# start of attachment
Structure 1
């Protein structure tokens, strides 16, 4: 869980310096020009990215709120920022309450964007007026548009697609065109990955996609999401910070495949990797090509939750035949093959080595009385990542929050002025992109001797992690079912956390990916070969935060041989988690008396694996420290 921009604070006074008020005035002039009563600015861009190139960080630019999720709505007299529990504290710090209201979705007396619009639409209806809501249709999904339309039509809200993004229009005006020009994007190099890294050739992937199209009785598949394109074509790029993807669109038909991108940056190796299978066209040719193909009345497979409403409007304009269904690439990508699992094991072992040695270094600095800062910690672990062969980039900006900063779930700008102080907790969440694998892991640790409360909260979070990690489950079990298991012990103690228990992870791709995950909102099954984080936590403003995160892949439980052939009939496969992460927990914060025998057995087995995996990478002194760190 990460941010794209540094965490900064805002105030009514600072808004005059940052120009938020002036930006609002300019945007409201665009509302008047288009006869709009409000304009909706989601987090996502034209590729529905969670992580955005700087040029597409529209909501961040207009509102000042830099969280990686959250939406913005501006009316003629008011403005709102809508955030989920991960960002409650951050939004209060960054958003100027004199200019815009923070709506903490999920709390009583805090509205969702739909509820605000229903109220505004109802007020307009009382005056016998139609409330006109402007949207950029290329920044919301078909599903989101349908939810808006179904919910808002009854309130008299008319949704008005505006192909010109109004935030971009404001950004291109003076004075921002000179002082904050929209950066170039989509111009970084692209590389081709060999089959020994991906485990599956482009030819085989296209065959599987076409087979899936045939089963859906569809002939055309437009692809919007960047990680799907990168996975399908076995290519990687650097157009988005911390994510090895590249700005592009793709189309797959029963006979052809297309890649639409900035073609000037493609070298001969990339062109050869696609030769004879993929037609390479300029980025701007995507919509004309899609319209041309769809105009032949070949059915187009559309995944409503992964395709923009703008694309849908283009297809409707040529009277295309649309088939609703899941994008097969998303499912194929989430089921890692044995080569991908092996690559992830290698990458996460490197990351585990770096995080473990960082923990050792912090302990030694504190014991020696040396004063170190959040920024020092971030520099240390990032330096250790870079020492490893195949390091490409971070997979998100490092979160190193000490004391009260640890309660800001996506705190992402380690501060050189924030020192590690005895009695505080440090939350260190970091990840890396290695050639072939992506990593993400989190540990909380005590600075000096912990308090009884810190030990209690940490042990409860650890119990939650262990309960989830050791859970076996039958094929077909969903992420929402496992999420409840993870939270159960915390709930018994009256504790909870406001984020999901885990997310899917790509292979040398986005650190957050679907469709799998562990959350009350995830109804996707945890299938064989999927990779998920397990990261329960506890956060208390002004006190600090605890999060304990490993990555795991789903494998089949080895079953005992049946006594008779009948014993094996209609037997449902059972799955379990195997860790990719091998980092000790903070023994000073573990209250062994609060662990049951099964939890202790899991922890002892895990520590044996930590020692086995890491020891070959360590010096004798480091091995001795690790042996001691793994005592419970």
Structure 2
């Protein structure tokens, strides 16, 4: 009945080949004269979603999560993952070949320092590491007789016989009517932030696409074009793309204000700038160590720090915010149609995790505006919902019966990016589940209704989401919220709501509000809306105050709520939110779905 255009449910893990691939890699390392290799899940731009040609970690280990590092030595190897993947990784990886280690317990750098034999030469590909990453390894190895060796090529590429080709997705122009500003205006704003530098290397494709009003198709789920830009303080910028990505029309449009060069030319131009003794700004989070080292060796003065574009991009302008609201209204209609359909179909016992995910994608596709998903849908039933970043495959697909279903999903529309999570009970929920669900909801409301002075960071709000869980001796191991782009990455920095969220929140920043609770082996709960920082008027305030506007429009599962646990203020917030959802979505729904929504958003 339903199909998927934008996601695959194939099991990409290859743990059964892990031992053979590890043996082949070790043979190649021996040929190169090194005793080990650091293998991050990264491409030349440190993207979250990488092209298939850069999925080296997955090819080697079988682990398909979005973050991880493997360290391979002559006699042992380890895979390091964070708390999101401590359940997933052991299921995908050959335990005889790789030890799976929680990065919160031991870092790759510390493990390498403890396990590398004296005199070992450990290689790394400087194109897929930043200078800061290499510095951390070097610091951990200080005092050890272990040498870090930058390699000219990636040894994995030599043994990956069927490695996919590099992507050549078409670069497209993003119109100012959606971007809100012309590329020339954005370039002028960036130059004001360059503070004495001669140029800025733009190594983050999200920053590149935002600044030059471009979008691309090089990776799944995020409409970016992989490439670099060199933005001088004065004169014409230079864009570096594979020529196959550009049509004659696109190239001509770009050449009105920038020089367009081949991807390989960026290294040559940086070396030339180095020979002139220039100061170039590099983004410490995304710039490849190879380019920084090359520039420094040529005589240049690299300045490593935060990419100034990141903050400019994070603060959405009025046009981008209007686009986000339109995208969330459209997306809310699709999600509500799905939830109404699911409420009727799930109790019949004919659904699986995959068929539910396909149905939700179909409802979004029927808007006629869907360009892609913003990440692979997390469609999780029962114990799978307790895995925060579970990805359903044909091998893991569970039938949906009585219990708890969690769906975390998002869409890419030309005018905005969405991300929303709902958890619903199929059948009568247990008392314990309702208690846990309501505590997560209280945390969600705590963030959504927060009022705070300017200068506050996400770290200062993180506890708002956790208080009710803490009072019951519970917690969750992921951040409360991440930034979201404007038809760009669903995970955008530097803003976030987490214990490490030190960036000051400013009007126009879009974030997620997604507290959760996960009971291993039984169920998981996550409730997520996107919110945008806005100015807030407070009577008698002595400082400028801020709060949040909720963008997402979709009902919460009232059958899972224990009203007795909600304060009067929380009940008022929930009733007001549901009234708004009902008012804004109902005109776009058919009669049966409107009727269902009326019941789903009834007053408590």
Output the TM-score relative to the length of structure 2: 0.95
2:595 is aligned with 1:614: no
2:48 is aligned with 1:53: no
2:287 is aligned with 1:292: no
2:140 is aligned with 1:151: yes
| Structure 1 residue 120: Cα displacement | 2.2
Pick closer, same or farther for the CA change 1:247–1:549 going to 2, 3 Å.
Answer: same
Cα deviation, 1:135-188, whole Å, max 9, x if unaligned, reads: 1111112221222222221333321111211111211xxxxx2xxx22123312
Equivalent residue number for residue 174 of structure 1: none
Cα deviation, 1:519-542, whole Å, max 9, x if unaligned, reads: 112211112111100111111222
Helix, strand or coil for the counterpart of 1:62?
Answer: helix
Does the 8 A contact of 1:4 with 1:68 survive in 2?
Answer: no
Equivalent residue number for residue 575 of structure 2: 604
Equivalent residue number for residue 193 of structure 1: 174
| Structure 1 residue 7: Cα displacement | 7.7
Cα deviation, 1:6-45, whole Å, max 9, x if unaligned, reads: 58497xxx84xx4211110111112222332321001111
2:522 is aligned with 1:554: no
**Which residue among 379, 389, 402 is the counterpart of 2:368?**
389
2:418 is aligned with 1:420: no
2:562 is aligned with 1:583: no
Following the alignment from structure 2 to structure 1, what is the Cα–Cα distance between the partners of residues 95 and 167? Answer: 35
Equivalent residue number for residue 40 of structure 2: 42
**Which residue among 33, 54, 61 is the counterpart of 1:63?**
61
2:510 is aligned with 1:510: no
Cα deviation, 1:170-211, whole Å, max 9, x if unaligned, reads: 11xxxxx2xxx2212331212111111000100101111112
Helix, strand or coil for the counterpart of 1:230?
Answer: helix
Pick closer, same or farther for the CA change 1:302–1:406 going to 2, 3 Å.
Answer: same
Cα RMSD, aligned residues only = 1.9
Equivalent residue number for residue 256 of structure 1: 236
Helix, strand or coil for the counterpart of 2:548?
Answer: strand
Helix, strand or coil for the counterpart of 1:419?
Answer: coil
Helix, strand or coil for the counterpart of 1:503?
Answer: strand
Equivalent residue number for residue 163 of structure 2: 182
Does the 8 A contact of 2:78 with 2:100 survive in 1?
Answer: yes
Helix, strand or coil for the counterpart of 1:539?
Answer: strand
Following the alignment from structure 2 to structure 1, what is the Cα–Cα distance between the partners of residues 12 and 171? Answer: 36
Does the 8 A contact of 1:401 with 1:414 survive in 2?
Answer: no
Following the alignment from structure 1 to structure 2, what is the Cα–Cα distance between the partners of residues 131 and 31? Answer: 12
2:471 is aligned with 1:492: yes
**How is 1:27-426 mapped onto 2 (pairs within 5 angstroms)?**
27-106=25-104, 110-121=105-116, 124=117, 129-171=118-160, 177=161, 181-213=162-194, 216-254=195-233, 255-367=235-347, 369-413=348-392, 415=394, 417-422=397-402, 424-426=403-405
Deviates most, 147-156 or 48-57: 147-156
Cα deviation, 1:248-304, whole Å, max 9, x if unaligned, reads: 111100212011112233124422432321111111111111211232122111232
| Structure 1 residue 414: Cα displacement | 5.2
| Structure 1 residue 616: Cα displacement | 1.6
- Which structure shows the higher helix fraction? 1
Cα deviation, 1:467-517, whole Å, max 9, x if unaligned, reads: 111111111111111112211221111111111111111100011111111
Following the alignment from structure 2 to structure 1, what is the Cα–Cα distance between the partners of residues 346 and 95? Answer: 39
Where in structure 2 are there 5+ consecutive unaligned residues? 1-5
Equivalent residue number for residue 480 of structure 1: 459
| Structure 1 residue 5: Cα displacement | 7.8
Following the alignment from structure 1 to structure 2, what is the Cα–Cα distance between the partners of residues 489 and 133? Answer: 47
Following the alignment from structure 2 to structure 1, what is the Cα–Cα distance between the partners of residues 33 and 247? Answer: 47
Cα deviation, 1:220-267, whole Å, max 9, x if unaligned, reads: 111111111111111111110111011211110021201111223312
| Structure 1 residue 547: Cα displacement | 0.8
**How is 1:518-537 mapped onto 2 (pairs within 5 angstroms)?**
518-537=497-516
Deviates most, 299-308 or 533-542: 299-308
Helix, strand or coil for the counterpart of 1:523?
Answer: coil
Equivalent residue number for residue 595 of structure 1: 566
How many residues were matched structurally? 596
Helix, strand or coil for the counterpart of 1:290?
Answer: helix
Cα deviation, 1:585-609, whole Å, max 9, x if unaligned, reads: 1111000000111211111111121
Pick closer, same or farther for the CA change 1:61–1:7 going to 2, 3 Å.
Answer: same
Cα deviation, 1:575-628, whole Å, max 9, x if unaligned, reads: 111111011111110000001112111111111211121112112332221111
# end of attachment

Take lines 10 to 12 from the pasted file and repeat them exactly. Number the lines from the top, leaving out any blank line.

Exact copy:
| Structure 1 residue 120: Cα displacement | 2.2
Pick closer, same or farther for the CA change 1:247–1:549 going to 2, 3 Å.
Answer: same